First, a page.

Even Cheddar Is Exotic

Category : General

Yield: 1 Servings

Ingredients (Help):
*** NON NE *****

A fine cheddar cheese is one that is made of whole, unpasteurized,
summermilk from cows which have drunk fresh, clean water and have fed on
green grasses, free from any flora that might taint the milk. A good cheese
should be aged slowly and lovingly until it is eighteen months to two years
old. It will then be full in flavor and sharp, without any bitterness.

This is the way the renowned cheese man of Jermyn street in London
described a large wheel of cheddar. He then asked me to taste a paper-thin
slice of it. He was right. The moment it touched my tongue I could feeall
the penetrating quality of this perfect cheddar.

Alas! It is not, and cannot always be perfect, but it is rarely not good.
Most of us associate cheddar with Ontario. When I can find a good "Ontario"
mild from summer milk, I always have some. With an apple and a glass of
port wine, it is the perfect ending to a meal.

The art of cheese making was introduced to the early settlers of Eastern
Ontario by the United Empire Loyalists. By 1854, some 2,000,000 pounds of
domestic cheese were produced in Canada for home use, and for export to the
United States.

Of all the cheese produced in Canada today, 50% of all Cheddar and 75% of
the foreign and specialty cheeses are manufactured in Ontario.

Storing Cheese:

If it is improperly wrapped, cheese will lose moisture and take on "off"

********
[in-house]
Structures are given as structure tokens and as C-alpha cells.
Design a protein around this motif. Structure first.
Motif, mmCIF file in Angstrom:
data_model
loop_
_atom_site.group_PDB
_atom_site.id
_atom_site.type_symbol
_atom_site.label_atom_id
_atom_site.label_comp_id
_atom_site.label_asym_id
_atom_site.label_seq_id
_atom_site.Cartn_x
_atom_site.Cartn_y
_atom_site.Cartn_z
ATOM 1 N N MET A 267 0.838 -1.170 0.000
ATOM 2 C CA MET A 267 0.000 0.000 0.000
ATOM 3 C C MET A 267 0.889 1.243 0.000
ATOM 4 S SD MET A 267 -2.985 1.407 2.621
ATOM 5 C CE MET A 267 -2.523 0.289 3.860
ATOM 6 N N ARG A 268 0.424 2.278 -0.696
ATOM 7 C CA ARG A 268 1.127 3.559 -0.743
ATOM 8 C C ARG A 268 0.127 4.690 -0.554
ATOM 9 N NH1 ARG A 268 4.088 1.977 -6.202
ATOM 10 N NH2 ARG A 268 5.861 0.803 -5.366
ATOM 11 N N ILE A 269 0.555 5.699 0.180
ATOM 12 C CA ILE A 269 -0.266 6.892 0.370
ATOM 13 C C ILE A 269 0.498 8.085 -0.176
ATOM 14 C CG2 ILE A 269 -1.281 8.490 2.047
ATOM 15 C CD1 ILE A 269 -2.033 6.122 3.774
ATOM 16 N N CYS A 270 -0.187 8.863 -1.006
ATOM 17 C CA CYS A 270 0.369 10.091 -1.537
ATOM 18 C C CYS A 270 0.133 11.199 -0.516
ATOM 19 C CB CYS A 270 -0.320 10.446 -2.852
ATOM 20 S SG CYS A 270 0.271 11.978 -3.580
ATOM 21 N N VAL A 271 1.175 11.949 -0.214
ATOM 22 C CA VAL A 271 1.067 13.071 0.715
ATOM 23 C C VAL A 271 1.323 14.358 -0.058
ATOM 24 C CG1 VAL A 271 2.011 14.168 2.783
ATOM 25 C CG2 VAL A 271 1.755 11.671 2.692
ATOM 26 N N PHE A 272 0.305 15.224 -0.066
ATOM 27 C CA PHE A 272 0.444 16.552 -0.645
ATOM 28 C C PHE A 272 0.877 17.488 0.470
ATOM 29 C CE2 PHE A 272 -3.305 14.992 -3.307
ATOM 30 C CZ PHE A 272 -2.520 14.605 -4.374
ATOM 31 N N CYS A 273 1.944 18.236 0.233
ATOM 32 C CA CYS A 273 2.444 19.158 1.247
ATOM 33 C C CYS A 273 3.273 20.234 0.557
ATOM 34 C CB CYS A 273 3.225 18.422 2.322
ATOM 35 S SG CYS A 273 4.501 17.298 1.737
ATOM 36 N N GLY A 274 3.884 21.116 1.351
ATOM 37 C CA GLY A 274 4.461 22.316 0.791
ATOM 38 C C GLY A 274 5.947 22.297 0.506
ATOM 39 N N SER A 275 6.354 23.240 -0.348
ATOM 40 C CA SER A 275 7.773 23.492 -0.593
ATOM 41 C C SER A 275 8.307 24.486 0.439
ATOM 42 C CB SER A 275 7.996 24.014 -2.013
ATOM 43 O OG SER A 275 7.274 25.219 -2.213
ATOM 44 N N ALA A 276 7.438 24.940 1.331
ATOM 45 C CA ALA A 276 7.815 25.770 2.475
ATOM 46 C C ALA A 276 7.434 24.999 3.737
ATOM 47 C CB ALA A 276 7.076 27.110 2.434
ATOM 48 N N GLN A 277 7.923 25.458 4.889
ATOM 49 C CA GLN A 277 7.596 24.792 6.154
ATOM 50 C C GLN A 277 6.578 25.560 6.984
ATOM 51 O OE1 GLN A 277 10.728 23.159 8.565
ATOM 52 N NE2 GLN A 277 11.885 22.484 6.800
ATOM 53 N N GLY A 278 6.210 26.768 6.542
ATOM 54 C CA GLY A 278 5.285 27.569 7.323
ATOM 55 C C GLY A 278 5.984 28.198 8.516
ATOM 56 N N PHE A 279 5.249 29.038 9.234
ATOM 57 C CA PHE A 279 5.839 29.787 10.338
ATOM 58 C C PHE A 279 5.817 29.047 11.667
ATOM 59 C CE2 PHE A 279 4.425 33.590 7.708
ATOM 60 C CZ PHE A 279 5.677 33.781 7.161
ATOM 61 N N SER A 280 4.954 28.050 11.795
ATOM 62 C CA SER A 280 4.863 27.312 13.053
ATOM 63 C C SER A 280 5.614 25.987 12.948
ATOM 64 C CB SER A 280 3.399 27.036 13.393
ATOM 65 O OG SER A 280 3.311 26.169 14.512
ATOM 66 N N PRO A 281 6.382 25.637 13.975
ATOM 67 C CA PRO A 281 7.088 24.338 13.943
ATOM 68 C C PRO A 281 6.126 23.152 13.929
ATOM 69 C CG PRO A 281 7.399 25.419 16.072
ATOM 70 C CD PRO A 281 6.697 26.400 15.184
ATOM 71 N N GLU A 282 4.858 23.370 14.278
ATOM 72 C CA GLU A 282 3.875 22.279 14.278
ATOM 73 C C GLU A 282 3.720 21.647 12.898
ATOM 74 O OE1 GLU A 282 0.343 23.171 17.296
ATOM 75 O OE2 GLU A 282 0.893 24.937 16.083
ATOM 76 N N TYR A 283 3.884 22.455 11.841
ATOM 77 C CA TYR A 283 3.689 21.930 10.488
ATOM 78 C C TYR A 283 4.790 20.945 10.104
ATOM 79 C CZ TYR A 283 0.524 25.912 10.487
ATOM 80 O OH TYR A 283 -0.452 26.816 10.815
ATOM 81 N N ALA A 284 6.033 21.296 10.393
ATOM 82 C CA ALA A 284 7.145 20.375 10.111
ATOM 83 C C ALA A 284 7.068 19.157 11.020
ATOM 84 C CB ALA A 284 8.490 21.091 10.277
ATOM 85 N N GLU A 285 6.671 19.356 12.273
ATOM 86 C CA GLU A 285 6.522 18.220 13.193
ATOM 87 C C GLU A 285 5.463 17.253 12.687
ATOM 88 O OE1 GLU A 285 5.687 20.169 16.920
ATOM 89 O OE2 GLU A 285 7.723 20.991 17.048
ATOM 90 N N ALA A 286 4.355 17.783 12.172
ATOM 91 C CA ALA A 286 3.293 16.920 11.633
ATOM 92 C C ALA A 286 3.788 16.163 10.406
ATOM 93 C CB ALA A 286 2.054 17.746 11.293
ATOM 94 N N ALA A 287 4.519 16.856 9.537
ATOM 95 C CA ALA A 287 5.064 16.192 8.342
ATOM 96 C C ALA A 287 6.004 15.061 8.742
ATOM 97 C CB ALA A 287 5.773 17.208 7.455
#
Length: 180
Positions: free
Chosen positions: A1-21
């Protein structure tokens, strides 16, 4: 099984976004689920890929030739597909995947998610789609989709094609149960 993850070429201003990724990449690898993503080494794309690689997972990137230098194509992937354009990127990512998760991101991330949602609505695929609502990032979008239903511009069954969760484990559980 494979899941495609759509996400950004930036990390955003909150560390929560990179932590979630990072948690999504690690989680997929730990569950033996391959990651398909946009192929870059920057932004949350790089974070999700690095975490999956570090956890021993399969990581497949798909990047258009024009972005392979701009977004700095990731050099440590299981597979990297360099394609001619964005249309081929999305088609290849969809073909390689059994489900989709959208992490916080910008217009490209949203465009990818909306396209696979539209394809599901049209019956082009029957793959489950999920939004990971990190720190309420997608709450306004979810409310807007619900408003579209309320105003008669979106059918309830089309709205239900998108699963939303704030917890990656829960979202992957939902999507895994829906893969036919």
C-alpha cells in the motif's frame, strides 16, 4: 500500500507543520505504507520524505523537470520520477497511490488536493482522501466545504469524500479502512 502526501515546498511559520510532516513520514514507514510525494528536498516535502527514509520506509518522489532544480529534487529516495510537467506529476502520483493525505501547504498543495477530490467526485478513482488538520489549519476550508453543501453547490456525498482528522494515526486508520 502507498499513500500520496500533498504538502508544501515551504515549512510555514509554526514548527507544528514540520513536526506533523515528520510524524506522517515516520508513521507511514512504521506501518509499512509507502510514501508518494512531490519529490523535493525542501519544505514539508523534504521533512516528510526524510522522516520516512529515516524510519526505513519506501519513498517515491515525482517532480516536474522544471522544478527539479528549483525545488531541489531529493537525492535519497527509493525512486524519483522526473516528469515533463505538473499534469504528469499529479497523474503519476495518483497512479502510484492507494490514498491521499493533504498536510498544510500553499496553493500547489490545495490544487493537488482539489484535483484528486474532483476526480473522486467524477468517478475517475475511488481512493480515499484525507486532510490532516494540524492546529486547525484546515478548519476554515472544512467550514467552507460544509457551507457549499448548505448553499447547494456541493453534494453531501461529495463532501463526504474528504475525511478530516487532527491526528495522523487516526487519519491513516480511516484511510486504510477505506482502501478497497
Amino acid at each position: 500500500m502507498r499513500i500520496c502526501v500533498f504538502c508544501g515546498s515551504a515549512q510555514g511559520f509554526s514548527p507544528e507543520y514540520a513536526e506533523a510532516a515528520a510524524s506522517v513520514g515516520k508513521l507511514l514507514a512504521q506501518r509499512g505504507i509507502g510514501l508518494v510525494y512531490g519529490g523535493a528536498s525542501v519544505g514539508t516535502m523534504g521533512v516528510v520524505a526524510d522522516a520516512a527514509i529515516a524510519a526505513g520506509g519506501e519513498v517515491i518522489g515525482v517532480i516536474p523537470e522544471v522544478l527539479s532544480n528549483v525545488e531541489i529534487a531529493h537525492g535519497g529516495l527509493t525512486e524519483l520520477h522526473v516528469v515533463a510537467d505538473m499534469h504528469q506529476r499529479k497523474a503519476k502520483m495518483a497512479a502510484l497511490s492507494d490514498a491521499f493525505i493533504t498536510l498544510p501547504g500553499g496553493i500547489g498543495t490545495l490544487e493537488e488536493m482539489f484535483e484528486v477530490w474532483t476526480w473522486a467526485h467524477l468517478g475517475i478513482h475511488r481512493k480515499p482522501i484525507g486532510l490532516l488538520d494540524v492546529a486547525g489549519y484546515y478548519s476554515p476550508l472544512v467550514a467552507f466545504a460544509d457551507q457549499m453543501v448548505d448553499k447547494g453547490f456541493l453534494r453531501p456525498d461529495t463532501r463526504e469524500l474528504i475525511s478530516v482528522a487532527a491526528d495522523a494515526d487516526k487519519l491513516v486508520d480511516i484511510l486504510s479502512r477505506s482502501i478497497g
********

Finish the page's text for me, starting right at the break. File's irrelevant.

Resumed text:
flavors from other foods.

To store, wrap small pieces of cheese carefully in moisture-vapor-proof
foil or film.

Protect the cut surface of large pieces of cheese with a coating of
paraffin, or press a heavy piece of waxed paper to the cut surface with a
hot iron.

Keep cheese in a dry cool place.

Cooking with Cheese:

Don't cook cheese, just melt it. High heat, or overcooking makes cheese
stringy and leathery. Crumble it into a cream sauce. Melt it into an omelet
for breakfast. Toast it in a sandwich for lunch. Spread it on crackers for
snacks. Grate it over a casserole for a crispy topping. Pile it on a tray
with fresh fruit.

Use it as a low-cost meat substitute, with no waste factor to consider.
Engjoy it with an apple, watching TV.

To bring out the true flavor of any cheese, allow it to come to room
temperature before serving.

To melt cheese, place it over hot water, or add grated cheese to a hot

When making a sauce, add the sliced or grated cheese after the sauce is
cooked; heat only until the cheese is melted. Overcooking may cause a
milk-egg-cheese sauce to curdle or separate.

To make a cheese omelet, add the cheese just before folding.

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